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By Mike Wise

       In general, the geographic distribution, or biogeography, of fishes in tropical South America is caused by the many hydrologic pathways and barriers. This is particularly true for small fishes. Favorable hydrologic pathways allow easy distribution of fauna. On the other hand, hydrologic barriers produce endemism, or a restriction of a fauna from becoming widely dispersed. For smaller fishes, like Apistogramma species, such barriers can include wide, deep river channels, waterfalls and rapids, and even variations in water chemistry and temperature.
       Schmettkamp (1982) was the first author to report that most Apistogramma-species-groups have a regional pattern of distribution. Of course, this shouldn’t be a surprise. By definition, a monophyletic species-group arises from a single species and then migrates outward from its original location. Where a distributional range is disjunct, it is an indication that the species-group might be either polyphyletic (having several different ancestors) or that there has been some kind of change in the hydrologic history of the region.
       Apistogramma species typically inhabit the shorelines of small streams, lakes, pools, in flooded forests, and floating meadows. In these locations they are typically found in shallow water, living among snags, leaf litter, and aquatic or bog plants. They are almost never found in the open main channel of major rivers. Their small size prevents them from readily crossing major channels without some kind of assistance.
       Apistogramma species with extensive ranges of over 500 km (300 mi.) are anomalies. The distribution patterns of such species also tend to be quite linear. Typically such species are highly adaptable in their habitat requirements and water chemistry. They typically inhabit all types of white-, clear-, or mixed clear/blackwater environments
       Many highly endemic Apistogramma, on the other hand, tend to be blackwater species. For blackwater species, endemism is most likely due to their water chemistry requirements. Blackwater habitats, streams in particular, are usually not very extensive.
       We need to realize that distribution patterns are not based only on modern drainage patterns, but also on those that occurred in the past. Major alterations in drainage patterns have occurred in South America over the past several million years. These changes affected the distribution patterns of the fishes in them. Kullander (1986), for example, noted the presence of the same species - or very closely related species - in the Amazon drainage of northern Peru and in the headwaters of the Río Orinoco along the eastern slopes of the Andes. If one looks at present day hydrogeography, there is no connection between these two areas. Geological studies, however, indicate that several million years ago the rivers of the western Amazon Basin actually flowed northward along the foothills of the Andes and emptied into the Caribbean Sea through Lake Maracaibo. Similar alterations in the past have affected the distribution patterns of many Apistogramma species-groups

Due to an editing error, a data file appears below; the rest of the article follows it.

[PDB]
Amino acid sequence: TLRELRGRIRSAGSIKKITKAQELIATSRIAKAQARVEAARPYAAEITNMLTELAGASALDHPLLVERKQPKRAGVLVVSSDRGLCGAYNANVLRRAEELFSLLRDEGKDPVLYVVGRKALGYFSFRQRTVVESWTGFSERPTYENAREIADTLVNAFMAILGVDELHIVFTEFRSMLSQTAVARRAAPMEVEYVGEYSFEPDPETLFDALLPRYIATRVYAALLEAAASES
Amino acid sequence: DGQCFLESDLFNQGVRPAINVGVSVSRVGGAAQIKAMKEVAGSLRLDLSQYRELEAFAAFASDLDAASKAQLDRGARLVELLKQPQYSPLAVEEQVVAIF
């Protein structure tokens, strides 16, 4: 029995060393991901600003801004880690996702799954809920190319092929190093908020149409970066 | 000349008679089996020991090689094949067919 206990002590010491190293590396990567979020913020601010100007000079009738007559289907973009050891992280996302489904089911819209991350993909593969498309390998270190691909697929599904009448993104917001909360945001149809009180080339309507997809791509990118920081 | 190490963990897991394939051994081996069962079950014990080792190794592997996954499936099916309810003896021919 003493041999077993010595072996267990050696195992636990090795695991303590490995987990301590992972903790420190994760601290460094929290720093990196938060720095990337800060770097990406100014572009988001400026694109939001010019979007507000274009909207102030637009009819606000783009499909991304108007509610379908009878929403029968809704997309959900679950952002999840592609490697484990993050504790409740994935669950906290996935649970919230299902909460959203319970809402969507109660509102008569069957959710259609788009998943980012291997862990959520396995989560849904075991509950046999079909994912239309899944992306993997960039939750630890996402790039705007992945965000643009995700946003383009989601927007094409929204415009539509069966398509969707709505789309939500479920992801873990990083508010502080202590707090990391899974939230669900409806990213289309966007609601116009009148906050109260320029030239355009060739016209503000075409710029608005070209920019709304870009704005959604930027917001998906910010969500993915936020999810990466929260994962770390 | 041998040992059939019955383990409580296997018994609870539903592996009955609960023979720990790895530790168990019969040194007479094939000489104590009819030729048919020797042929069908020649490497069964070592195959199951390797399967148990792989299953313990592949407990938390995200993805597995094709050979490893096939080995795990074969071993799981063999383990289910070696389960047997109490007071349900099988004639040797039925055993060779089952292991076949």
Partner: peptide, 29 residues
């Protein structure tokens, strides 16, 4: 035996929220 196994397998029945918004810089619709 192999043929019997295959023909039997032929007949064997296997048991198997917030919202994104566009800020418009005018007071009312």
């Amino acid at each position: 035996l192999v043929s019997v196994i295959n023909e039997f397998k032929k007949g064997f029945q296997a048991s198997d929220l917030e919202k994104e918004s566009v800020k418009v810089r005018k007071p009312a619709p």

The following is a proposed distribution and phylogeny for the Apistogramma species-groups. Papers on the paleogeography of South American rivers by Lundberg et al. (1998) and in Hoorn & Wesselingh (2010), along with genetic studies on Apistogramma species by Miller and Schleiwen (2005) and Ready et al. (2006) have modified many of my ideas about the ages and relationships of the various species-groups.
       As I have written previously, since this isn't a juried scientific paper, I will allow myself much more license in suggesting relationships than would a true taxonomist/systematist! I urge those with questions or criticisms to please write me. Only exchanges of views can improve our knowledge of the Apistogramma-species-groups, their distribution, and phylogenic relationships.

Paleogeography of South America

       It should be obvious that evolution of the different Apistogramma species-groups is strongly linked to the evolution of the drainage patterns that occurred in tropical South America over at least the past 25 million years, during which time the genus arose and spread throughout much of tropical South America. The phylogeny of Apistogramma species-groups is easier to understand when set on the backdrop of the paleogeography of South America.
       If we could see the South American continent of 25 million years ago, it would look nothing like the continent of today. The direction in the flow of interior rivers was influenced not only by the rising Andes Mountains and the Guiana and Brazilian Highlands, but also by structural arches and sedimentary deposition on the ancient interior craton.

Oligocene Paleogeography (25 Million Years BP) (Fig. 1)